We are not saying, here, that any Federal Disability Retirement application to be filed should attain any level of perfection; rather, that when the applicant who prepares his or her own Federal Disability Retirement application is the identical person who suffers from the medical condition itself, then it is always very difficult to get beyond the standard of mere care, and will never be able to objectively strive towards a semblance of perfection.  Perfection as a standard is never meant to be attained, but merely to be striven for; and as a corollary, care is not to be acquiesced to without a pathway towards perfection.

The U.S. Office of Personnel Management applies the standard of law that it is mandated to enforce, but in its zealous defense of the entire Disability Retirement system, it often goes beyond mere care, and applies the shadow of perfection upon unwary applicants.  What can be done about it?  Nothing, except to make sure that in preparing, formulating and filing an effective Federal Disability Retirement application and submitting it to OPM, be aware that care may not be enough; rather, striving for the higher order of care – that of perfection – may be the requirement for the day.

Sincerely,

Robert R. McGill, Esquire

 

OPM Medical Retirement for Federal Employees: Character

If a person points to another and states, “He is really a character”, is it different from positing:  “He really has character”?  Can both statements mean the same, or is the subtle difference there to denote?  The former is customarily stated in defining a person as somewhat of an oddball, or perhaps eccentric to a degree that places him outside of the conventional norms of acceptable conduct.  The latter, on the other hand, could also mean that – the possession of it modified by the adverb describes one with a plenitude of extraordinary traits.  Or, it could connote the more classical meaning:  A worthy person of honor, dignity, courage, moral foundation, etc.

That is, in the end, what most of us consider to be the pinnacle and apex of that very noun, isn’t it?  Possessing it is that which makes of us; displaying it, what demands respect and attention; and abiding in it despite trials that test to compromise, what we hope and expect of ourselves.  Indeed, character is both tested and surfaces especially in those times of tumult and tribulation; it is the mettle challenged at the depth of the soul of being.  Yet, in this age of modernity where materialism prevails, power seems to overarch all else, and the traditional reference to one’s “character” no longer means much more than a rumble in one’s stomach as evidence of hunger or impoverishment, it is clear that neither form of the meaning evinces much curiosity.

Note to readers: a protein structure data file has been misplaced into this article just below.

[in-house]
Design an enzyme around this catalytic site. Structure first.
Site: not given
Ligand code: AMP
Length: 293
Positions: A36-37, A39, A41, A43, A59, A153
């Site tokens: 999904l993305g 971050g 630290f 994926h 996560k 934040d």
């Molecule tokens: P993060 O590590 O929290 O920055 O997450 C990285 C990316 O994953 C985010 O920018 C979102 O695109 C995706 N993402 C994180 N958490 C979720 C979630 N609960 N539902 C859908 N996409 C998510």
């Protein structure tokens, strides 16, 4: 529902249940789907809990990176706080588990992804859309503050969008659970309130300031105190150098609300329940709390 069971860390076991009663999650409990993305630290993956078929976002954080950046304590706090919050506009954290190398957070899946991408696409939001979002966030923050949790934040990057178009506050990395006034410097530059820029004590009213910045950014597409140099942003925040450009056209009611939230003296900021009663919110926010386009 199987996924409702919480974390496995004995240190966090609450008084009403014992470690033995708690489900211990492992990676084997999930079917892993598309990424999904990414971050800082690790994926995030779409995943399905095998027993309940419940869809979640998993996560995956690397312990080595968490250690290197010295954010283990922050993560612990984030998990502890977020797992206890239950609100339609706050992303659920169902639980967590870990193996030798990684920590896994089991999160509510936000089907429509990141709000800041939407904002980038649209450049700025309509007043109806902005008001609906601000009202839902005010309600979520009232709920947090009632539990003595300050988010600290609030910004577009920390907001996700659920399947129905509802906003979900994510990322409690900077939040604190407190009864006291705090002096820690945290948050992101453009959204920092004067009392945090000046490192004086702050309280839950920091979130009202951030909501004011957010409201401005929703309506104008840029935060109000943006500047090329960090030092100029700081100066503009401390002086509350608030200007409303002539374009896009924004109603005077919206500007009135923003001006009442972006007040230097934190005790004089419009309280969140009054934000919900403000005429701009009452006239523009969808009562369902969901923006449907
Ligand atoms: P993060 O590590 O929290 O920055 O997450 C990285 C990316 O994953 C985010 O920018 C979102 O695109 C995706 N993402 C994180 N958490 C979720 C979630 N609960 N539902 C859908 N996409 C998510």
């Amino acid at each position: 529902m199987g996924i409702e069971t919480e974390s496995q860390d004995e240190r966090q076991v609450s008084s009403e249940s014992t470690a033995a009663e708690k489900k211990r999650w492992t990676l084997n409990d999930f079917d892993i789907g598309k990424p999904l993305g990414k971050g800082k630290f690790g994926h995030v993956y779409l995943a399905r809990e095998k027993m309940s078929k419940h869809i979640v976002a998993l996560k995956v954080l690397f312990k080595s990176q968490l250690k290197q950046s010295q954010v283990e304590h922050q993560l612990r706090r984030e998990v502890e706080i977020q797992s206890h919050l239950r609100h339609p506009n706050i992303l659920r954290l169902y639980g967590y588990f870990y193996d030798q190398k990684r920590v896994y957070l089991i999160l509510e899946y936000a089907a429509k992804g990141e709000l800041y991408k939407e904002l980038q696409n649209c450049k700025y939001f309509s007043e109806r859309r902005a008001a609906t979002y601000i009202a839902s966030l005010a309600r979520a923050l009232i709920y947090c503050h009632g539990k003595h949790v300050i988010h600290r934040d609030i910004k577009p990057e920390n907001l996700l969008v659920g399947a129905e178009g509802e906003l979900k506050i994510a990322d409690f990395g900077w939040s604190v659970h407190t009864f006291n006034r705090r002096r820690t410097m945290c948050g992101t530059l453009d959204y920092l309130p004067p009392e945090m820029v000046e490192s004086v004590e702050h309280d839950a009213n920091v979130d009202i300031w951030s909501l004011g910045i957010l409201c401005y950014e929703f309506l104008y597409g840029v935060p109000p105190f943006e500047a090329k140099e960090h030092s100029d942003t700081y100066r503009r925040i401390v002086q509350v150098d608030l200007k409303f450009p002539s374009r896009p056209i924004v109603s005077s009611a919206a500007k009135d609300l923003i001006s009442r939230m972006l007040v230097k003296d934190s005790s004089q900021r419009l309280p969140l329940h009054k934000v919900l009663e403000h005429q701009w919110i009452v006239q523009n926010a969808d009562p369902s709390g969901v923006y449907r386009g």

Materialism is dominant; those in power dominate; and the once-vaunted “indomitable spirit” carried forth as a burden of possessing character no longer has much substantive weight.  Where it does reveal and manifest itself, however, is in the very lack thereof.  So long as things are going relatively smoothly; while the good fortune lasts; or, perhaps during those times when monotony merely puts one into a slumber of sorts, and actions and deliberations through life’s daily routine are placed on an unthinking mode of automatic pilot, the revelation or concealment of character matters not.

But take that onerous instance – as, when a medical condition begins to impact one’s life, and for Federal and Postal employees, compels one to consider filing for Federal Disability Retirement benefits through the U.S. Office of Personnel Management, whether the Federal or Postal employee is under FERS, CSRS or CSRS Offset; does character count?  One’s own and reliance upon another’s; both come to the fore and require an evaluation that will test the mettle of the substantive foundation.

For the Federal or Postal employee who begins to prepare an effective Federal Disability Retirement application – tested to endure the administrative process and the onerous test of the entire bureaucratic procedure.  For those coworkers, family members and other encountering Federal or Postal employees, including Supervisors, Managers and Human Resource Personnel – of how they respond and what they do to make the process smooth and seamless.  In the end, character comes to the fore, and reveals the content of who we truly are.

Sincerely,

Robert R. McGill, Esquire

 

Federal Employee Disability Retirement: Natural empathy

Is there such a thing, or do we just fake it even when we do not naturally “feel” it?  If the official, technical definition fails to make the distinction between “feeling” and “understanding”, does it not discount the differentiation of the traditional bifurcation – that of rational capacity as opposed to part of one’s emotional quotient?

Further, if it is merely an emotion, do some have a greater capacity because of a genetic predisposition, while others at a minimal level acquired through accident of birth, and thus can one be held responsible for merely being who we are?  On the other hand, if it has a closer affinity to an “understanding” one possesses, then can it not be cultivated and enhanced, and therefore within the purview of an educational system that includes “empathy instruction”?